Pittsburgh Penguins' Sidney Crosby, right, talks with teammate Brenden Morrow during NHL hockey practice in Canonsburg, Pa., Tuesday, April 30, 2013. The Penguins take on the New York Islanders in the first round of the NHL hockey playoffs on Wednesday, May 1, in Pittsburgh. Crosby hasn't played since breaking his jaw a month ago. (AP Photo/Gene J. Puskar)
PITTSBURGH, Pa. - The most dynamic player in the world is questionable with a broken jaw. The reigning NHL MVP is coming off an injury plagued and subpar—by his standards—regular season.
The goaltender and his wife are dealing with a newborn baby. The sniper who scored a career-high 40 goals a year ago is barely three weeks removed from a concussion. The rock the defence is built around is out with a lower body injury. The foursome acquired at the trade deadline still have no idea where they're going when they hop in a car and try to find their way around the city.
And the Pittsburgh Penguins are still heavy favourites to lift the Stanley Cup sometime in the next two months?
"We've proven in a number of situations, no matter who is out, we're capable of playing good hockey," Sidney Crosby said.
They haven't really had a choice.
Pittsburgh cruised to the Eastern Conference's best record despite missing Crosby for the final month of the season after he took a stray shot off his jaw. The Penguins dominated even with Evgeni Malkin sitting out 17 games due a lingering shoulder problem. They strolled while James Neal dealt with the after effects of an elbow to the head and had no problem when goaltender Marc-Andre Fleury spent the last few weeks anxiously awaiting the birth of his daughter.
Newcomers Jarome Iginla, Jussi Jokinen, Douglas Murray and Brenden Morrow have fit in seamlessly after being acquired at the trade deadline to fuel a Cup run, even if they've taken to sticking close to their hotel on off days rather than get lost in Pittsburgh's byzantine roadways.
Whether Crosby is cleared for Wednesday night's playoff opener against the upstart New York Islanders hardly matters. The pressure—as always—is firmly on the Penguins.
"It's what we're used to," Crosby said. "We're all excited and glad to be in this position."
The Islanders too, though for entirely different reasons. While the Penguins are fixtures this time of year, New York is making its first playoff appearance since 2007. That's a lifetime by hockey standards. Islanders star John Tavares was a 16-year-old back then lighting up the Ontario Hockey League.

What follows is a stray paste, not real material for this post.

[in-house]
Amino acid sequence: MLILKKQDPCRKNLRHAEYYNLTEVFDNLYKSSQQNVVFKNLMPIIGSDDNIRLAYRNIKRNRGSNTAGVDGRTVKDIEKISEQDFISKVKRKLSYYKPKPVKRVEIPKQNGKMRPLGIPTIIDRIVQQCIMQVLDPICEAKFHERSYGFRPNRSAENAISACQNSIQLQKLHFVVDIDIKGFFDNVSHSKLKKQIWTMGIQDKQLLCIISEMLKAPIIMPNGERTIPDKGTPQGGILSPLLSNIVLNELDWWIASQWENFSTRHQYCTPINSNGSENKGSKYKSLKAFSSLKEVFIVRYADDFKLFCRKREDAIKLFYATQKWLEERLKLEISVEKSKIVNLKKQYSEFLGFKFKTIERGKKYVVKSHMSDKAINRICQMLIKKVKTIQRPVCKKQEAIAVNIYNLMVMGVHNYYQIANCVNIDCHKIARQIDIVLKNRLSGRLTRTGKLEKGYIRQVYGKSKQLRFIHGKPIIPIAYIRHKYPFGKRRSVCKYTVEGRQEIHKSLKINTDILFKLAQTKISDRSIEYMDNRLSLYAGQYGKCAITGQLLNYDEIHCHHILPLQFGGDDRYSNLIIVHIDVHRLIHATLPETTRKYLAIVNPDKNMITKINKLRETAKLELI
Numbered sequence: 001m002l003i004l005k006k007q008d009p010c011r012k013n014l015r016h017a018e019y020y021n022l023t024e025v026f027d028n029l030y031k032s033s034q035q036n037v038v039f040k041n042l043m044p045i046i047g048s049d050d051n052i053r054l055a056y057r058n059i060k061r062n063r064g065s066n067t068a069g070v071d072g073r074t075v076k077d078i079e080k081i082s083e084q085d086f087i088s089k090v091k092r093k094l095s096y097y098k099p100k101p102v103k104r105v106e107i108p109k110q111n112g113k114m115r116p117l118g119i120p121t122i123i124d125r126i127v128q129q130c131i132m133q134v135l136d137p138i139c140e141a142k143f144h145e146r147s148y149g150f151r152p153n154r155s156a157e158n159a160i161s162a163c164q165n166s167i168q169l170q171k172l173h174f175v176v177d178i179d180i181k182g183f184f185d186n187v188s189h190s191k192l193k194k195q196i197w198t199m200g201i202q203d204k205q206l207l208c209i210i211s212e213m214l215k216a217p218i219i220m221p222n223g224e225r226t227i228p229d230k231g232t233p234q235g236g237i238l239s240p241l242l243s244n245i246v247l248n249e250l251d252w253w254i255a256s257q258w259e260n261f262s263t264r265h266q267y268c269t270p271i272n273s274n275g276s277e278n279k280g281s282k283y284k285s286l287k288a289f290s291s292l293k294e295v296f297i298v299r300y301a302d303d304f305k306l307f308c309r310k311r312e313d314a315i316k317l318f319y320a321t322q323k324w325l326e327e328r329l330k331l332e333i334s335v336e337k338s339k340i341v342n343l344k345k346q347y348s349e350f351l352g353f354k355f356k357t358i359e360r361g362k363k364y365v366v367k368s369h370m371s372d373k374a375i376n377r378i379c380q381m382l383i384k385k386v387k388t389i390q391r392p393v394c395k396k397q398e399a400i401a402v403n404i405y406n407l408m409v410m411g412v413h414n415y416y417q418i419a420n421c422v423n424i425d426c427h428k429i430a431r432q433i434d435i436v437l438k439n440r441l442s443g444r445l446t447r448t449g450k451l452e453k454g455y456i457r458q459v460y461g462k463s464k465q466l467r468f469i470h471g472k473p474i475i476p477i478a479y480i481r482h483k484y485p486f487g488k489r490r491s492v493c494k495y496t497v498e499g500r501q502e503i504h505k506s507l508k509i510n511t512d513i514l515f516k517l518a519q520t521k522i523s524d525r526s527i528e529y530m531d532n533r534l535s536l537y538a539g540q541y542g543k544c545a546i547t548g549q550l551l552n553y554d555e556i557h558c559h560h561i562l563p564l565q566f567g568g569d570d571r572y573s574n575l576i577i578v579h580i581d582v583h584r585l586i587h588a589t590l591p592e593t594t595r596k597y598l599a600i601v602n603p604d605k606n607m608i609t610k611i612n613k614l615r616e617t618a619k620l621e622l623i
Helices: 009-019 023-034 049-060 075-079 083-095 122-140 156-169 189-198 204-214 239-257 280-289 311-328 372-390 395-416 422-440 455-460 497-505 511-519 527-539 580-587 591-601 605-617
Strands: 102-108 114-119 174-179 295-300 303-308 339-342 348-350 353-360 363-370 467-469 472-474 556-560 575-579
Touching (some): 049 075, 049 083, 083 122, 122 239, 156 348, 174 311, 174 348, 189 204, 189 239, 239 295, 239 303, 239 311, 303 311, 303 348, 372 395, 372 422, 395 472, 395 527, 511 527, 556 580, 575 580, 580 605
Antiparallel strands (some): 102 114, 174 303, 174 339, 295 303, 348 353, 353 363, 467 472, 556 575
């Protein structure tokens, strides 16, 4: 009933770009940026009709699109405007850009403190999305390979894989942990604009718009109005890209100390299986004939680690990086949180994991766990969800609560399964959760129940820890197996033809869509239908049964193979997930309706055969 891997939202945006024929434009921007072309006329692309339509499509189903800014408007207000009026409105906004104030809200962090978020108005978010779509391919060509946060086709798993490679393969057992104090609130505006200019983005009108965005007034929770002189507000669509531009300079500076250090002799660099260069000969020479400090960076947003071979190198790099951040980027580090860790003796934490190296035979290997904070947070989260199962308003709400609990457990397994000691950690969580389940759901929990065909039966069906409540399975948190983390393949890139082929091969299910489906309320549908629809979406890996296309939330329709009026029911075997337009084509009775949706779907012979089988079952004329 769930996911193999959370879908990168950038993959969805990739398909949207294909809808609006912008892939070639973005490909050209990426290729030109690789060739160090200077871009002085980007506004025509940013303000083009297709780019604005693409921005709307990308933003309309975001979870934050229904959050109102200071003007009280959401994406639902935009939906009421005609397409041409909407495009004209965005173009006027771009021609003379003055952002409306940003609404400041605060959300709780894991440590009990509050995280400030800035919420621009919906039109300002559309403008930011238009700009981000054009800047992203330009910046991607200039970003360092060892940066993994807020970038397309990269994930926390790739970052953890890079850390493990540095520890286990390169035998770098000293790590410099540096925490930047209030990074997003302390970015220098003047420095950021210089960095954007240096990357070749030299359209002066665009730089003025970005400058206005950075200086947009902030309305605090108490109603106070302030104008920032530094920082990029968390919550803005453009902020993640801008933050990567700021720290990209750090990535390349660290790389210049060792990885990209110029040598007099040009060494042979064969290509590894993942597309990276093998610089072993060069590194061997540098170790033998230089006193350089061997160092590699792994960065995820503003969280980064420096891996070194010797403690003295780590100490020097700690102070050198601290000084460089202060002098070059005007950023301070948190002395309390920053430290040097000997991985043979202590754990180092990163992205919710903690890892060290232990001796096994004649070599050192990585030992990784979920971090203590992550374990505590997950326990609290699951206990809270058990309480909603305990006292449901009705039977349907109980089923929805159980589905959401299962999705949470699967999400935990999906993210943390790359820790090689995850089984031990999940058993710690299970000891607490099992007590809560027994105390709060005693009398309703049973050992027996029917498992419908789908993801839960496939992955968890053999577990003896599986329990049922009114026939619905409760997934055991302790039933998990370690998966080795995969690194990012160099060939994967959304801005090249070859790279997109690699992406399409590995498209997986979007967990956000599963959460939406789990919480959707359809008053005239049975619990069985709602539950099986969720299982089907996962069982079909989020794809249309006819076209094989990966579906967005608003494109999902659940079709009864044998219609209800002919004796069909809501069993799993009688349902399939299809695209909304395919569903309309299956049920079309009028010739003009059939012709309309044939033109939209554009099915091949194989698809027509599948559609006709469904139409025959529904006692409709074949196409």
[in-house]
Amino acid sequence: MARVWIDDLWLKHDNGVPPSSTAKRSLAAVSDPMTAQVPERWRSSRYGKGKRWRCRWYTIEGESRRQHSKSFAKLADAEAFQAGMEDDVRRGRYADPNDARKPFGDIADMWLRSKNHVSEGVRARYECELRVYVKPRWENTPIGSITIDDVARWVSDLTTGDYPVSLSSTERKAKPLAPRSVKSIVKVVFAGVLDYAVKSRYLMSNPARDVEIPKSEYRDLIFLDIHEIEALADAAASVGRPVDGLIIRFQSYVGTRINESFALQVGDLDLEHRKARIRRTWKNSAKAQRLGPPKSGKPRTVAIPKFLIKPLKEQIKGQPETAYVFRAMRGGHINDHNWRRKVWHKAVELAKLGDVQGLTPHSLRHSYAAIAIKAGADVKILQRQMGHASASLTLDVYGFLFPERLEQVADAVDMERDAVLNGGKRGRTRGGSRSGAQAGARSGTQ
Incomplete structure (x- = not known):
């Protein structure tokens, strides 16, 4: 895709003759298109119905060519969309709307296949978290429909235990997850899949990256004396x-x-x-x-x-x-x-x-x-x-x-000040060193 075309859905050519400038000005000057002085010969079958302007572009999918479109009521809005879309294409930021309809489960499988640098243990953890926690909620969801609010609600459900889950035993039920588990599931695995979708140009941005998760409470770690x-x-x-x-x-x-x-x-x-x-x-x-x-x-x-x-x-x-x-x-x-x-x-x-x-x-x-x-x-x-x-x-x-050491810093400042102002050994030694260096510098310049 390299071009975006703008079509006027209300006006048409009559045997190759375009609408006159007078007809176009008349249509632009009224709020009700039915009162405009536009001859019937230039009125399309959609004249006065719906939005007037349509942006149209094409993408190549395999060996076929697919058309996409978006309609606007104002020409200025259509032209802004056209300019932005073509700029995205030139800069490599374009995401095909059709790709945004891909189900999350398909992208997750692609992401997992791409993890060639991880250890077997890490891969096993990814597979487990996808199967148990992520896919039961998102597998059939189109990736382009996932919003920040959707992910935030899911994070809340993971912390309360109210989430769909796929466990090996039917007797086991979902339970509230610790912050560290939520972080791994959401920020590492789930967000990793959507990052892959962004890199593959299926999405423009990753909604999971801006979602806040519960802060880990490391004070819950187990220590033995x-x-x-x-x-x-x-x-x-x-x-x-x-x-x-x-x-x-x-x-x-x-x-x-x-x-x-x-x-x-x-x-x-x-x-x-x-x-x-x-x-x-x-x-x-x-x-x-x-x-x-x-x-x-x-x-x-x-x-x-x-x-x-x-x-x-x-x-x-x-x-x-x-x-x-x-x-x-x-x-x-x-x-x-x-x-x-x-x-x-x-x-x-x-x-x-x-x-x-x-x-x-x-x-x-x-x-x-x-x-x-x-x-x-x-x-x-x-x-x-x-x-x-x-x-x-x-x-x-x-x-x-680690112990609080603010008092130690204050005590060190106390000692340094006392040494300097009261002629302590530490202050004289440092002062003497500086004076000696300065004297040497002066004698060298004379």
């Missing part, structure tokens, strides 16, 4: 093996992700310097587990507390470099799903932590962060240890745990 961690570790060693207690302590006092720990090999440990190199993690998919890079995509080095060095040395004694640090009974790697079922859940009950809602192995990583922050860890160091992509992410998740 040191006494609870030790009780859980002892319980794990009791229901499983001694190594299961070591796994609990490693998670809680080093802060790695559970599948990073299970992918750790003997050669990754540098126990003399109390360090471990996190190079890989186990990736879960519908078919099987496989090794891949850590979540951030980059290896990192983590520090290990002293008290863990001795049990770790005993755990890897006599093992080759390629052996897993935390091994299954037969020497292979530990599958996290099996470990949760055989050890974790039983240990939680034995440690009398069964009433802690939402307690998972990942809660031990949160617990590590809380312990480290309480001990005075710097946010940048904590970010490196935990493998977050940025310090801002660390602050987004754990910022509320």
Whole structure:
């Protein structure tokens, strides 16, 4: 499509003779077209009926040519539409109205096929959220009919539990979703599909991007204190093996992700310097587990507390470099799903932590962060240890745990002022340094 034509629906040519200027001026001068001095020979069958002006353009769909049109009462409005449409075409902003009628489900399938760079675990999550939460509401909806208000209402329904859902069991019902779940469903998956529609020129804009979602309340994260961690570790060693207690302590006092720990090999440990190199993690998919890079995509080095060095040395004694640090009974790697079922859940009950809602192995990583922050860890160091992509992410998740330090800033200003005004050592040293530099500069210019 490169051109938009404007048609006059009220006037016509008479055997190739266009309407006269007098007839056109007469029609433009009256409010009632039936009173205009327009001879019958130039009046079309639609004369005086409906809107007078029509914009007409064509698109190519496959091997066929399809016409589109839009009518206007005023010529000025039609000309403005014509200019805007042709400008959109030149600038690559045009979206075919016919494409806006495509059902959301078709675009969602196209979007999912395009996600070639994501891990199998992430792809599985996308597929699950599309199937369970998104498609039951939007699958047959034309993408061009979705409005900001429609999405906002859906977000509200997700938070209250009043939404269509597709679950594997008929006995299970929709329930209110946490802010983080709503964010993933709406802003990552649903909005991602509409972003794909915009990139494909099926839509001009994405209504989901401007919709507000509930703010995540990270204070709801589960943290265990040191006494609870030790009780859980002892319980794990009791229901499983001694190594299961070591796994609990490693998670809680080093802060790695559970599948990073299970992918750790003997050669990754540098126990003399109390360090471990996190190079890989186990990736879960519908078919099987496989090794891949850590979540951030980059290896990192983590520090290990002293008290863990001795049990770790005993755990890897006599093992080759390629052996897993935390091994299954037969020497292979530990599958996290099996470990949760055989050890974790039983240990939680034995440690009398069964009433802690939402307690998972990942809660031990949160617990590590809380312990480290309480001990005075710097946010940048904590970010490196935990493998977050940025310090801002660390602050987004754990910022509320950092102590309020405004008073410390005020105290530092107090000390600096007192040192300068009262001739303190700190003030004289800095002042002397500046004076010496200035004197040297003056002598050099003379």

Now he's the linchpin of a team that hasn't made it out of the first round in 20 years.
"We've proven we have the ability to make the playoffs and be a tough team to play against and compete with every team in the league," Tavares said. "Now it's another test, another level to challenge ourselves to be successful. This is that next step for us to raise our level. We ultimately want to win the Stanley Cup."
The Penguins have no other choice after general manager Ray Shero brought in a future Hall of Famer in Iginla and distinguished veterans Morrow, Jokinen and Murray without trading away a single player on the NHL roster.
Shero makes no secret that his team is "all in" as the franchise tries to get a Cup to bookend the one it captured in 2009. The last three springs have not been so kind. Pittsburgh was upset in the second round by Montreal in 2010 then blew a 3-1 lead to Tampa Bay in 2011, though the Penguins did go into the post-season without Crosby and Malkin.
Both stars were healthy a year ago, though it did little to stop the Philadelphia Flyers from embarrassing Pittsburgh in six remarkable games that featured a combined 54 goals.
"We played bad you know, we lost by big scores," Malkin said. "We need to play better defensive zone. This season we work hard. I think we play great in defensive zone."
Coach Dan Bylsma stressed the importance of personal responsibility and during a 15-game winning streak in March the Penguins looked like they'd finally learned their lesson, posting three consecutive shutouts at one point.
Pittsburgh's plus-46 goal differential was second in the NHL behind Chicago. And whenever Fleury faltered, backup Tomas Vokoun was every bit Fleury's equal. The goaltenders posted nearly identical save percentages and goals against averages, though Bylsma left little doubt that Fleury is No. 1.
The Islanders don't have nearly as much margin for error. Evgeni Nabokov helped spearhead a late surge that saw the Islanders lost just once in regulation for the season's final three weeks. The 37-year-old led the San Jose Sharks into the post-season regularly for almost a decade, though the underachieving Sharks could never quite make it to the Cup finals.
A victory over the top-seeded Penguins would go a long way toward expunging Nabokov's so-so post-season record (40-38). He plans to be tested regularly by the NHL's highest scoring team.
One that figures to throw pucks at him relentlessly even if Crosby remains sidelined. Pittsburgh finished the season on an 8-4 run with Crosby out, including an 8-3 romp over Carolina in the regular season finale that included a hat trick from Neal and Morrow's sixth goal in 15 games since coming over from Dallas.
Morrow is in his 13th year and still searching for his first Cup. He waived his no-trade clause to join a team that—on paper at least—is more formidable than any of the other seven teams in the East. With or without Crosby.
"If he's in the lineup, that makes us a lot better hockey club," Morrow said. "But if he's not, somebody else is going to step up and play hard and take his place."
AP Sports Writer Ira Podell in New York contributed to this report.
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